Are sharks interbreeding to survive climate change?

The Week's Editorial Staff
The WeekJanuary 4, 2012

Scientists discover 57 rare hybrid sharks swimming off the Australian coast — and suggest two species mated to give their offspring a better shot at survival

Dozens of rare hybrid sharks have been discovered lurking in the waters off Australia's eastern coast. This surprising find by a team from the University of Queensland has experts speculating that the hybridization may be the result of climate change, which theoretically forced the predators to interbreed in order to better adapt to rising water temperatures. Here's what you should know:

What kind of sharks are they?
The hybrids are the result of multiple generations of two genetically distinct species mating: the Australian black tip shark — "which favors tropical waters," says John Roach at MSNBC — and the larger common black tip, which favors more temperate waters. Covering 1,250 miles of Australian coast, researchers identified 57 hybrid sharks. 

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How do we know they're hybrids?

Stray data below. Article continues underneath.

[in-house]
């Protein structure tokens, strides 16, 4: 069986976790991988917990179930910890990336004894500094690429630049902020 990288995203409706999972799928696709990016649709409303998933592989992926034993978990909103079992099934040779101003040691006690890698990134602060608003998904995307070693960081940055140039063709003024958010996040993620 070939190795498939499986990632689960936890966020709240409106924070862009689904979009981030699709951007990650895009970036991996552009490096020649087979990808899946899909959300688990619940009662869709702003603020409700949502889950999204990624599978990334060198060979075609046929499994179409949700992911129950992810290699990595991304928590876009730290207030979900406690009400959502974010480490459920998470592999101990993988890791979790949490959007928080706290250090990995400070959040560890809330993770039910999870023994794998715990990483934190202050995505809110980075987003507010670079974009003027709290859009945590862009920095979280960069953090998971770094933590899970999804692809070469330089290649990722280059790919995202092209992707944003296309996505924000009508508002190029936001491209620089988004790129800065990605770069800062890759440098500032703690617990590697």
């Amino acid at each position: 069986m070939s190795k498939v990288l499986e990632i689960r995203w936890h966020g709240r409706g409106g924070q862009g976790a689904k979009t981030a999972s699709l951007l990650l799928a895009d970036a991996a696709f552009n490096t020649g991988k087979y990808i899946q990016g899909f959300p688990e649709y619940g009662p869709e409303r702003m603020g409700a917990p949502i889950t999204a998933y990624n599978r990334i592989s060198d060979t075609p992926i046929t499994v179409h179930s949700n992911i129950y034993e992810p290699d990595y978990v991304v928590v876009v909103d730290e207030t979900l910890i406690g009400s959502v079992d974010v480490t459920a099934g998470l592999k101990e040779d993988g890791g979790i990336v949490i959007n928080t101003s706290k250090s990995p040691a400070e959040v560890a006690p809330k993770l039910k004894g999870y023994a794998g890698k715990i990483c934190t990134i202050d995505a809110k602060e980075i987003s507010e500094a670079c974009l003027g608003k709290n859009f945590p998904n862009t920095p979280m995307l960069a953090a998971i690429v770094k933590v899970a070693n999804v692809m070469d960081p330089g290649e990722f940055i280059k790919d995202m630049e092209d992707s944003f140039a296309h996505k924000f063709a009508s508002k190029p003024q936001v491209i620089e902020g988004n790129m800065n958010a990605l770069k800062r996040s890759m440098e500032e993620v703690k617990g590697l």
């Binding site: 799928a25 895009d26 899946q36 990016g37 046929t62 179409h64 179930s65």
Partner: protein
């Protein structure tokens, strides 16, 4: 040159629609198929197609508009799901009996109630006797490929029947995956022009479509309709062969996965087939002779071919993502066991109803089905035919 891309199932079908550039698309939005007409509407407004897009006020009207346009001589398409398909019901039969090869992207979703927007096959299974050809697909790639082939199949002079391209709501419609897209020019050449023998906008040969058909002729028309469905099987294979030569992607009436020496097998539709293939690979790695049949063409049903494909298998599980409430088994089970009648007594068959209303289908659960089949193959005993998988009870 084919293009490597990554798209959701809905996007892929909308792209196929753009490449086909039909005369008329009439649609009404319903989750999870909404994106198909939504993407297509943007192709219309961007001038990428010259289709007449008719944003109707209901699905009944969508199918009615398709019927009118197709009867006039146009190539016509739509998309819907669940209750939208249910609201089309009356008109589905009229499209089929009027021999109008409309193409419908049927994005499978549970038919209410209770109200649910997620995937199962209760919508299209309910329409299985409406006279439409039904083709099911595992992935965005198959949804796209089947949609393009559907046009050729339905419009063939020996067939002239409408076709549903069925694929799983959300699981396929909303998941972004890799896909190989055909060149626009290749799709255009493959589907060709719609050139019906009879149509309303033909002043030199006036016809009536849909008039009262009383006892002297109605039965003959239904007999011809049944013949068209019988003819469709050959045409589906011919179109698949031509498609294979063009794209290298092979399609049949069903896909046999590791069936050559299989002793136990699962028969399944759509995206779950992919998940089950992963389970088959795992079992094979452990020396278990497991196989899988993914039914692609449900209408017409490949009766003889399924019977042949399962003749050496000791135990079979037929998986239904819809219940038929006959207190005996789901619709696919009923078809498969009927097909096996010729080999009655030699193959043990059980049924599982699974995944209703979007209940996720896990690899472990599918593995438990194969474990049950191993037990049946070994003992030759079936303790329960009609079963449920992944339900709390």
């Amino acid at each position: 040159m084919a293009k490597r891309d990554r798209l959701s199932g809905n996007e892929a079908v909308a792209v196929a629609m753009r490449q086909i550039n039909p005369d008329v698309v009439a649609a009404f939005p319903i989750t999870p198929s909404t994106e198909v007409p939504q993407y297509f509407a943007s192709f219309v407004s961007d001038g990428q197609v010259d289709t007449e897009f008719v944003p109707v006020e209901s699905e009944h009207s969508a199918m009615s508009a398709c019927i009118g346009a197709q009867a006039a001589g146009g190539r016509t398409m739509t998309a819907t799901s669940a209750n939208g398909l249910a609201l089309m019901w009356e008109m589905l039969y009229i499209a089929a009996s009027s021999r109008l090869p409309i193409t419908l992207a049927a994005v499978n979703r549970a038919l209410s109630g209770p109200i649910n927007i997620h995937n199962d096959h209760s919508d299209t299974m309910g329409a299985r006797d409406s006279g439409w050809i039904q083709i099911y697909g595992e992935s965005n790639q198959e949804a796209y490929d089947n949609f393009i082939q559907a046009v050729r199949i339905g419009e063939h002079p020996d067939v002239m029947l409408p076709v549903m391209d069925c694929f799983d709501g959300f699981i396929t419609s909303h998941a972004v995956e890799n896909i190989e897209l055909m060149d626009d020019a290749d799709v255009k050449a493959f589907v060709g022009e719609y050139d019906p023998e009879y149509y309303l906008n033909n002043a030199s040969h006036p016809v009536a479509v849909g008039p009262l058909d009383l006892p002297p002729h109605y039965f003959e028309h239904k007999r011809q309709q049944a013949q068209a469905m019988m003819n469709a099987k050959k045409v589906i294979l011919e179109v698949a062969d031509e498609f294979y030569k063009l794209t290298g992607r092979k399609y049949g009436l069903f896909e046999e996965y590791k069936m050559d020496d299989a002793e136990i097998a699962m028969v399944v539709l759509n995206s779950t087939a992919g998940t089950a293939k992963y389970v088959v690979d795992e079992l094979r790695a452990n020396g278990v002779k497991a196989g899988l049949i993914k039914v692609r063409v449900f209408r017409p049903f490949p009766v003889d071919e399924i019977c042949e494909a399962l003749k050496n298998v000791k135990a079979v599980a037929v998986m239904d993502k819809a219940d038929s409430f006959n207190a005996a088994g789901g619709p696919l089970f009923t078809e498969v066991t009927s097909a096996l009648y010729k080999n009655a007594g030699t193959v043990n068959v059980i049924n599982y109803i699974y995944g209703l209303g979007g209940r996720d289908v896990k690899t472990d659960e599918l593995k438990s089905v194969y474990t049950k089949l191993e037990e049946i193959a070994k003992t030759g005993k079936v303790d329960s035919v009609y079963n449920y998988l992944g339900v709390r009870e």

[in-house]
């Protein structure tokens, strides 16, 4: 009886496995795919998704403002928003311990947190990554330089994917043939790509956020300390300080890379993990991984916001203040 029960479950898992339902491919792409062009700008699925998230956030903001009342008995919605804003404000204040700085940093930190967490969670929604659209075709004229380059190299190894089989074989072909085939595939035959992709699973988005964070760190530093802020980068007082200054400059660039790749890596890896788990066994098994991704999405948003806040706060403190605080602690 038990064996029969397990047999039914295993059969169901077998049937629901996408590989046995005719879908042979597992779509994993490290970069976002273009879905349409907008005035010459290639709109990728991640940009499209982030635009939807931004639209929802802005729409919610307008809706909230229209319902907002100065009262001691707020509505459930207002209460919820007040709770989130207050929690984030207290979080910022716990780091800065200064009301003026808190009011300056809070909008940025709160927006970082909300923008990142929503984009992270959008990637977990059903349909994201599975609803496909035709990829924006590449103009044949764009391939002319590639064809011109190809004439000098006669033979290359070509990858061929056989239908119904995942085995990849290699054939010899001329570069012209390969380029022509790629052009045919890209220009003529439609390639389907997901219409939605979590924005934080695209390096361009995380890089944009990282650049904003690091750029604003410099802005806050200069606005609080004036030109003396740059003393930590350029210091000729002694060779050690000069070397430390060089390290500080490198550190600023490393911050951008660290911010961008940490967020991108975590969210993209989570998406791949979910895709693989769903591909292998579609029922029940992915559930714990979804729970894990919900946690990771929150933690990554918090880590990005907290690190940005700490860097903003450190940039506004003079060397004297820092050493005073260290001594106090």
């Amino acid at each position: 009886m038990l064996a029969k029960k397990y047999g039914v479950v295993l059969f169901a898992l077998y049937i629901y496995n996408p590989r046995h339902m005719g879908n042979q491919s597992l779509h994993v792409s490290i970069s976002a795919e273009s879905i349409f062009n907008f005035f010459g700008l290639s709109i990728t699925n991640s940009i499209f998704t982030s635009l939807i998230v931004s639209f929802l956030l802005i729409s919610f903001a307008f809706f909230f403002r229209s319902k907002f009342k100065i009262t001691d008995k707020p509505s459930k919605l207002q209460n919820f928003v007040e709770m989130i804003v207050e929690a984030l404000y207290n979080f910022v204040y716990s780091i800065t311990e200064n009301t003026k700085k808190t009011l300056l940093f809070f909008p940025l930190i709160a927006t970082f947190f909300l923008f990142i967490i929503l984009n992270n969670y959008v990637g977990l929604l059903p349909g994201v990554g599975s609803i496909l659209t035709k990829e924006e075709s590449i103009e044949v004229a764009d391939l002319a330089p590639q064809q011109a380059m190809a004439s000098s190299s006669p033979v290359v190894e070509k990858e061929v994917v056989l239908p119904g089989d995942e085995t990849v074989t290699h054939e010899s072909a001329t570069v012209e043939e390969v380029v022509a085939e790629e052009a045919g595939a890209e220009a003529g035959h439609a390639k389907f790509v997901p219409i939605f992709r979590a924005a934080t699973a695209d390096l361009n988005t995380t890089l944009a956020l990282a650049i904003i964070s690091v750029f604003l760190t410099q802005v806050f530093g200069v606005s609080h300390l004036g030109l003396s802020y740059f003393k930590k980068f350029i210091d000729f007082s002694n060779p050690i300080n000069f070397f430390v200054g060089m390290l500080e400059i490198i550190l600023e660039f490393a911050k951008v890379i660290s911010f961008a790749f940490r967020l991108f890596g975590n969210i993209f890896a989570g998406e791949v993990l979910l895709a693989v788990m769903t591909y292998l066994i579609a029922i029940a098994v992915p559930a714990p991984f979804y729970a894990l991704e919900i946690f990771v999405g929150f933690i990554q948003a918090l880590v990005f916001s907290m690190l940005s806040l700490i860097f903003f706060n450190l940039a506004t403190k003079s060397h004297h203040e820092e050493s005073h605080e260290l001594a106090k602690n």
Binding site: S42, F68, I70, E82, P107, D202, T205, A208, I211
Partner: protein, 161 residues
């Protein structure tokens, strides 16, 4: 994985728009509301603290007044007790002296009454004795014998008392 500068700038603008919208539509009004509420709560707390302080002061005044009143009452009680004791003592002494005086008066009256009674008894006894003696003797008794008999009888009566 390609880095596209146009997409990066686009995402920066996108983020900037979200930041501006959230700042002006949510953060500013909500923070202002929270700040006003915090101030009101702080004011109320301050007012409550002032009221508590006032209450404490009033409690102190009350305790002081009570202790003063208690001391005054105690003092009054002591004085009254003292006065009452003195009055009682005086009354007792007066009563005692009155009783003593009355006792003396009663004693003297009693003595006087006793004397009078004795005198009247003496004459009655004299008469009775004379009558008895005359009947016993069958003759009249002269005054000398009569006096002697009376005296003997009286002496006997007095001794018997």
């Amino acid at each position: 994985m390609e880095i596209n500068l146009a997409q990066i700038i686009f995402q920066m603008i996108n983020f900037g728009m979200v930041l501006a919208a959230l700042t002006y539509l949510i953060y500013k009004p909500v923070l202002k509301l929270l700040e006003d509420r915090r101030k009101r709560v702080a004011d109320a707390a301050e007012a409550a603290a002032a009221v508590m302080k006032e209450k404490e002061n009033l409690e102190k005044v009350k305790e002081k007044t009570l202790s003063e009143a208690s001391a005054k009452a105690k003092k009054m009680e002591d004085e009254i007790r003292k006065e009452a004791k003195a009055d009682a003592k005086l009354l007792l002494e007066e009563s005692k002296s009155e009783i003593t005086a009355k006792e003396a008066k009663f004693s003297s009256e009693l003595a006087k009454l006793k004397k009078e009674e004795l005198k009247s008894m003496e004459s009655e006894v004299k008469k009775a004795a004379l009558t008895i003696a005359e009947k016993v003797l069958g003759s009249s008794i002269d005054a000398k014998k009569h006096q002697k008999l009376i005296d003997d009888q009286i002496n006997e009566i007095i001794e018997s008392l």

Physically, the sharks appeared to look like one species, but upon genetic testing, were found to be another, says Amy Coopes at Discovery News. The hybrid sharks were also found to be stronger than either of the parent species — "a literal survival of the fittest."

And they're interbreeding because of climate change?
Possibly. Researchers suggest that rising ocean temperatures may have encouraged the interbreeding. The hybrids, which can theoretically handle a broader range of water temperatures than either parent species, may be better suited to survive in our changing oceans than either parent.

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Sources: Discovery News, MSNBC, United Press International

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